CANNABIS CULTURE – In a town of less than 15,000 people, I now have access to 11 liquor stores, 3 cannabis stores, and tobacco is sold at every corner store. Living in Alberta, when my children turn 18 they will have unlimited access to all of these.
Would it make sense to only educate them about some, and not all, of the age-restricted substances they can legally purchase and consume? This is a question now facing many parents with the fairly recent legalization of cannabis, but it is one that still comes with hesitation.
Secrecy was the running theme from the moment I discovered cannabis until the day it became legalized. Despite knowing the benefits, both mental and medical, that cannabis could help me with, the taboo of being a marijuana smoker or ingesting THC/CBD in any way prevented talking about it with anyone who was not of like mind. After the birth of my children, finding mothers who also smoked was a nearly impossible task. It was socially acceptable and encouraged for moms to go out with “the girls” and down a few bottles of wine, but no one wanted to just chill and smoke one. It was a very isolating experience. And of course, you wouldn’t want your children to know what you did in case they told someone, so there was more secrecy and lies. Nothing like the paranoia of losing your kids because of some self-righteous neighbour or teacher to up that post-smoke anxiety.
As the world changes, so must our views on many things. Toddlers on iPads surfing YouTube and preteens with cell phone plans are becoming the norm, as will be older teens standing on the corner with their vapes and joints. Does this mean the days of hiding cannabis use from parents, teachers, and employers is over? Far from it. The stigma is still there, and probably will be for some time.
Just imagine being alive at the end of prohibition, how wild it must have been to simply walk into a speakeasy and order a drink, how scandalous to offer wine with dinner. However, the legalization curbed the necessity for illegal and potentially dangerous options, such as moonshine. Likewise, instead of our children growing up and getting their 1st high from a potentially sketchy drug dealer, one who may have no moral compass when it comes to fentanyl-lacing or synthetic cannabis products, there are now legal, safer options. It is up to us as parents to educate our children.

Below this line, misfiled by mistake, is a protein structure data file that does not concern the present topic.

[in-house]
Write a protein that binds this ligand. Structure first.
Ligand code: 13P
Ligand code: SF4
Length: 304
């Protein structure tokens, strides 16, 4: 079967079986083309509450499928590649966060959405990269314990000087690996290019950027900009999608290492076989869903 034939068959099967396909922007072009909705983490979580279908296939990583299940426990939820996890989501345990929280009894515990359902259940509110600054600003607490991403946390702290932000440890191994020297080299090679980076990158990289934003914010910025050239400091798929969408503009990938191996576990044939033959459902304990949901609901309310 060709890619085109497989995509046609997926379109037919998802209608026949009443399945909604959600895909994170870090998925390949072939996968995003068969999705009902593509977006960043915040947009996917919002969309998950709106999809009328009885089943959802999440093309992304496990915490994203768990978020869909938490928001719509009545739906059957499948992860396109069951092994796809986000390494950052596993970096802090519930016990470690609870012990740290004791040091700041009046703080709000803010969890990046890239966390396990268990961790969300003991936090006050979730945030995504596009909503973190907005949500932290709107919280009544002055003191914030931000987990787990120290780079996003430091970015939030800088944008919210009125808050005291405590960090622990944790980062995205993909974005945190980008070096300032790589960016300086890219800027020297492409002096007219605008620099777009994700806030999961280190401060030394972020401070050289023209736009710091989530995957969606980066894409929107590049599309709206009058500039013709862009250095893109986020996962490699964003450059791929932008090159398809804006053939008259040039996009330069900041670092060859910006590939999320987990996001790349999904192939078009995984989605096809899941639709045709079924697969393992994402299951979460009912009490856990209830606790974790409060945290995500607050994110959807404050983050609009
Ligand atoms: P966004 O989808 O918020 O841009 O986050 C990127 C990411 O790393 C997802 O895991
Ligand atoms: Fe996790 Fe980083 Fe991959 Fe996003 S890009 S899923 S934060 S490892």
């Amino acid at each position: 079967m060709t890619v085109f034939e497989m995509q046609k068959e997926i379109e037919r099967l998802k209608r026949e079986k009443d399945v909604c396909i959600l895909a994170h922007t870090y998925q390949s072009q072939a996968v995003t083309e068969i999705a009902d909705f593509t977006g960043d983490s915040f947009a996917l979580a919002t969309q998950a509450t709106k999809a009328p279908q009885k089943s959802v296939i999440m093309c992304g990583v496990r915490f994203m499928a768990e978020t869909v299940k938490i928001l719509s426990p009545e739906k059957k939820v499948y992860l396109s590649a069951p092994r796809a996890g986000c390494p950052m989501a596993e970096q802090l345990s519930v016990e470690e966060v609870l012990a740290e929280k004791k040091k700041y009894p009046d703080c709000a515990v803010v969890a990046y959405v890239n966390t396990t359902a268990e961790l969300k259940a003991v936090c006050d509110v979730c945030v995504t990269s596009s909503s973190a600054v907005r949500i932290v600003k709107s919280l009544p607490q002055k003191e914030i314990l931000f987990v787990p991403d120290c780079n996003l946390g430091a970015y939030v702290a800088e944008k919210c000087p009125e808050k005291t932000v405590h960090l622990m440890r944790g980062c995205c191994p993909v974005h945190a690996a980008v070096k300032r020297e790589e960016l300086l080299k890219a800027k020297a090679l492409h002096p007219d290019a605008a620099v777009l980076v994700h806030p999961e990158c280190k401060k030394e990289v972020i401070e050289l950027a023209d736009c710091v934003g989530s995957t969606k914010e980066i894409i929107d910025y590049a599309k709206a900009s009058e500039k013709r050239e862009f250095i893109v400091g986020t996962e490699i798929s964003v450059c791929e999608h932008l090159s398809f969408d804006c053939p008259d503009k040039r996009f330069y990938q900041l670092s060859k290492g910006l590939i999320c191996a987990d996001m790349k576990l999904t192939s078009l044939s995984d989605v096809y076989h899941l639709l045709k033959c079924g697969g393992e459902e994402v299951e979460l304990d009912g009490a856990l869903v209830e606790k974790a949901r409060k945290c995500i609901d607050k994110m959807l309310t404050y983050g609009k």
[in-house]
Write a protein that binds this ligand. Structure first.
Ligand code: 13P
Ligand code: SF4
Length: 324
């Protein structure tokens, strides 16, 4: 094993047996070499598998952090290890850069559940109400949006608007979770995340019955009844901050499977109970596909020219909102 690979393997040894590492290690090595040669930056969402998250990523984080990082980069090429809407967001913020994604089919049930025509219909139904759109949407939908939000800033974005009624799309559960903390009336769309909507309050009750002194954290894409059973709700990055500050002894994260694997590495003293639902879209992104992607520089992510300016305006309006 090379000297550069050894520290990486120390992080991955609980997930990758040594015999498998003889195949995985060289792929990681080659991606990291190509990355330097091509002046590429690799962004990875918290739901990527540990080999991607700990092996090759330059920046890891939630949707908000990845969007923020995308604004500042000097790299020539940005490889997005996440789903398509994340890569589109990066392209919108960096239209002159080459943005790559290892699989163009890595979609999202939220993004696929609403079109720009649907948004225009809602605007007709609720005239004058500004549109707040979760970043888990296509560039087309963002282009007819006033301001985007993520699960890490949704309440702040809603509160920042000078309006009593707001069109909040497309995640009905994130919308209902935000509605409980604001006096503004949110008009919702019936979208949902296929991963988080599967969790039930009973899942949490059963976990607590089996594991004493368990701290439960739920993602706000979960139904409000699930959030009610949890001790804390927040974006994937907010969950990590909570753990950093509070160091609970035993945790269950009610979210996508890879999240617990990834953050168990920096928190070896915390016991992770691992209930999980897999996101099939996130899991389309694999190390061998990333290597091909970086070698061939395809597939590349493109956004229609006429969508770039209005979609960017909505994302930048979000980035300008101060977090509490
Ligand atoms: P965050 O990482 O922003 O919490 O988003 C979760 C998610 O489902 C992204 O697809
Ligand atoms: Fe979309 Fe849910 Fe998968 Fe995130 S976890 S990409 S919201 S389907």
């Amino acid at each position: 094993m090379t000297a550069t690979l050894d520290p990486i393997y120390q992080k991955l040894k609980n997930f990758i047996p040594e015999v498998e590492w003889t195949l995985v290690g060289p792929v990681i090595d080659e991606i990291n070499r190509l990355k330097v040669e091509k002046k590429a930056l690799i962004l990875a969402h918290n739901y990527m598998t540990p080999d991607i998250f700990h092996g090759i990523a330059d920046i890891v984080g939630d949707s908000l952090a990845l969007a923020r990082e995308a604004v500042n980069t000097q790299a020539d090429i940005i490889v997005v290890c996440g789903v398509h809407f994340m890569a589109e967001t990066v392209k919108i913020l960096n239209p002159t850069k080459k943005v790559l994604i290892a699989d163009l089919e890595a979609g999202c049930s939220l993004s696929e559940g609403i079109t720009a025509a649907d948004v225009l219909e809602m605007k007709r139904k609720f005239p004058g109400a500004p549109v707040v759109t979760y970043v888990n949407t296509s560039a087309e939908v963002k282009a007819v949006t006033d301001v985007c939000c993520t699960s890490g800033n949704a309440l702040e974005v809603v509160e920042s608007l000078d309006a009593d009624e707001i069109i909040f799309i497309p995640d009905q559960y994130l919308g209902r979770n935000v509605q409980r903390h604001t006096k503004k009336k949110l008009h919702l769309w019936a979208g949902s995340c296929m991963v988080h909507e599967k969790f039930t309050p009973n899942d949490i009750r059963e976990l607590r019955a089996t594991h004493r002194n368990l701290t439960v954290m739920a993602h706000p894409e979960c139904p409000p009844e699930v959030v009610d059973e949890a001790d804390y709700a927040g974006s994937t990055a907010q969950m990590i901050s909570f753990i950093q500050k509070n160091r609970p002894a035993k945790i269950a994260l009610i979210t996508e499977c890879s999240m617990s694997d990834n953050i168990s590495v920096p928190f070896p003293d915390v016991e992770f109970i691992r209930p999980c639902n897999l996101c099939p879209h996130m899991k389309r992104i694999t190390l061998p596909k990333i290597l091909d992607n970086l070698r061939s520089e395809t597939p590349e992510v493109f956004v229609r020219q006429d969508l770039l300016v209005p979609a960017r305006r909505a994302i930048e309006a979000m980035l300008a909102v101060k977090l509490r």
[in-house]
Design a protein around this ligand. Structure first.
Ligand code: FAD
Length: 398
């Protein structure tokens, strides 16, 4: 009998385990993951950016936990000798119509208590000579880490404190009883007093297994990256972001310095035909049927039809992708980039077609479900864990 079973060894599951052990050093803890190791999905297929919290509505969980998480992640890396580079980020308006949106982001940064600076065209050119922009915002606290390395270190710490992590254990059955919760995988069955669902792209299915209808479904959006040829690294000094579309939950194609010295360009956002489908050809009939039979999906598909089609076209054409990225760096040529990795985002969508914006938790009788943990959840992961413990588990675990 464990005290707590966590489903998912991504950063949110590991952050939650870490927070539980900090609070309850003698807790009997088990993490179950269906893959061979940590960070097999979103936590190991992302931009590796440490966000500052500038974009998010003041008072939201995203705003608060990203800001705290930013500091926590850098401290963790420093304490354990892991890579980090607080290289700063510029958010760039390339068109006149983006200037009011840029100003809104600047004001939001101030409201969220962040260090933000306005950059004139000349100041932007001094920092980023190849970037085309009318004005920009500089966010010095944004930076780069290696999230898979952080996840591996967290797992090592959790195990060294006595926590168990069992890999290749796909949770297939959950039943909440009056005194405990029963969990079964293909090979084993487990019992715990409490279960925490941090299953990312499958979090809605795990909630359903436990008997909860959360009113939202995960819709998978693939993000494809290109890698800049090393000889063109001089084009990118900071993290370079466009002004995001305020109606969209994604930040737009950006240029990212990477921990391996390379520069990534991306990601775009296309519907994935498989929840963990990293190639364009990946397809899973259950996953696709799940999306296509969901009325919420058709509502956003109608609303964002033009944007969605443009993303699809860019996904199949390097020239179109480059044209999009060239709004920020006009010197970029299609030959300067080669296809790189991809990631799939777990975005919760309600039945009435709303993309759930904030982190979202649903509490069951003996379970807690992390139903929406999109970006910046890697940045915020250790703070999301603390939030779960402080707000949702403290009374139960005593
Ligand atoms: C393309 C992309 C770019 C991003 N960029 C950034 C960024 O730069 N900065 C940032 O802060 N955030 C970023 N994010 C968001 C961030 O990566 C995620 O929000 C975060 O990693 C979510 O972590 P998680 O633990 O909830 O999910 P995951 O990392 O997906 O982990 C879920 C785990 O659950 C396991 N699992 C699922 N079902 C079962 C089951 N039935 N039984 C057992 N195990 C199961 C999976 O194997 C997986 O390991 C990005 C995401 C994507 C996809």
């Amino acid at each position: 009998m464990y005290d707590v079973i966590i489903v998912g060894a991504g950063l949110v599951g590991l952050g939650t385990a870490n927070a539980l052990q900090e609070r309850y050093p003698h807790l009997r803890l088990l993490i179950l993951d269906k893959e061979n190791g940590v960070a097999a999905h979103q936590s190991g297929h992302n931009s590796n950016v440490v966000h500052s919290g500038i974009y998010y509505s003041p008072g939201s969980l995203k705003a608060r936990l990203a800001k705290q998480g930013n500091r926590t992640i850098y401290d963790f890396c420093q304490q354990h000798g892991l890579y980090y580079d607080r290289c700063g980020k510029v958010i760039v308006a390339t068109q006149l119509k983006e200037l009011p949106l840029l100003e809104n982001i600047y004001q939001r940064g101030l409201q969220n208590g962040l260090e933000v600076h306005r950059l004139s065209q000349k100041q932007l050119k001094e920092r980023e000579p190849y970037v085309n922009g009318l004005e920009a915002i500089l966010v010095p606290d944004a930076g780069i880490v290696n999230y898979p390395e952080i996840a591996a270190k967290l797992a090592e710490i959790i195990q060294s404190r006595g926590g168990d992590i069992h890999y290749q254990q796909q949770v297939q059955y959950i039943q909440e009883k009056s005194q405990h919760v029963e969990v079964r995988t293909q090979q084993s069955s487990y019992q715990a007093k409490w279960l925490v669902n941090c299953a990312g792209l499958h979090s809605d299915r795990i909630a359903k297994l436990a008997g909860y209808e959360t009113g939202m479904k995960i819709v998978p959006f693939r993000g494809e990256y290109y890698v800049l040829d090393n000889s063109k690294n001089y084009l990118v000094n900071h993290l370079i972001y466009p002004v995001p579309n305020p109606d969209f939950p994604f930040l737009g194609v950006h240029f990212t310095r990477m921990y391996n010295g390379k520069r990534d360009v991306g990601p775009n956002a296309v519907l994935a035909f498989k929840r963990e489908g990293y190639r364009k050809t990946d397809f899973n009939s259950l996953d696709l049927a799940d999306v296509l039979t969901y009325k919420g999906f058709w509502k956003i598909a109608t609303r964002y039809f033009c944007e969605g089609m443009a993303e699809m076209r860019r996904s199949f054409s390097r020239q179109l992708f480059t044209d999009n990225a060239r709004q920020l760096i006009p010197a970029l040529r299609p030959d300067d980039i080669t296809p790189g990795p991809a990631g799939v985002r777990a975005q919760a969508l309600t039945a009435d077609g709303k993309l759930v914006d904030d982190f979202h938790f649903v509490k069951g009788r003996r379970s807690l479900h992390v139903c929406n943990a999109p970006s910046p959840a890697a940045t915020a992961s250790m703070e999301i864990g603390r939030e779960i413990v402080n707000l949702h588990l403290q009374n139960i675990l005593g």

I remember being about 14 and sitting huddled in the back of the camper parked on my stepfather’s property with 2 girlfriends. We had managed to sneak wine to this semi-outdoor sleepover, and after a few drinks, we decided to head over to the farmer’s property across the way. We had seen that all-too-familiar leaf shape. Hopping the fence, we grabbed as much hemp as we could carry and ran back to the trailer. We had no plans, no experience, and certainly no means of smoking even if there had been buds on those plants. Eventually, we drunkenly sneaked them back to the farmer’s land, laying them in the field. The parents never found out, and the farmer never noticed or simply never said anything. I would bet on the latter. This was my 1st experience with cannabis plants.
The 1st time I actually got high was at 15 with my then boyfriend’s sister, again in a camper. Along with 4 other girls, we hotboxed the bathroom and then headed out into the night. I stood on a train bridge and felt the rush as a train bore down on us, a straight track that seemed to suspend the danger forever. As the air from the speeding train shoved past me, I remember looking into the sky and feeling like I was the earth, completely connected in energy and love. Intermingled with those feelings, however, was that inner voice whispering all of the awful consequences that would befall us if we were caught.
I have always maintained that I want my boys to be able to be open with me about their substance use when they are older. Just like having the safe sex talk is important at the appropriate age, so is the responsible cannabis use talk. Obviously if my boys choose to experiment, I hope they would keep it natural and try it 1st in the safety of their own home. I want them to know the risks, benefits, and effects that different strains can have on mood and energy. Safety, openness, freedom – what more could we want in a relationship with our littles?
Just as the sex talk hopefully prevents unwanted STIs and pregnancies, the marijuana talk may significantly lower the dangers they face. NarCan kits are now available in case fentanyl-laced products do turn up, and maybe these will soon become the new condom, putting one in our older child’s bedside drawer just in case they don’t feel comfortable talking about their lifestyle choices. As we tell our children about the dangers of drinking and driving, we must also be prepared to discuss the consequences of driving under any legal (or illegal) influences.
In reality, we are the generation that will need to do the majority of the changing. It is the only way we can safely transition our children into this world that is so different from the one we grew up in. We can choose to break down the stigma, or stay silent and contribute to it. Leaving children in the dark or promoting abstinence, while it may make things easier at first, can lead to harmful behaviours and a disconnect. When my children are old enough, we will sit down to have an open and honest discussion about the “herbal medicine” that their parents use. they will be allowed to ask any questions they need, and they will hopefully feel safe coming to us if they ever decide to try cannabis products. I cannot possibly expect them to do everything at home or always be straightforward with us, as children learn by pushing limits, but being the best parents possible means we give them all the tools to make the best choices possible, and hope they make them.
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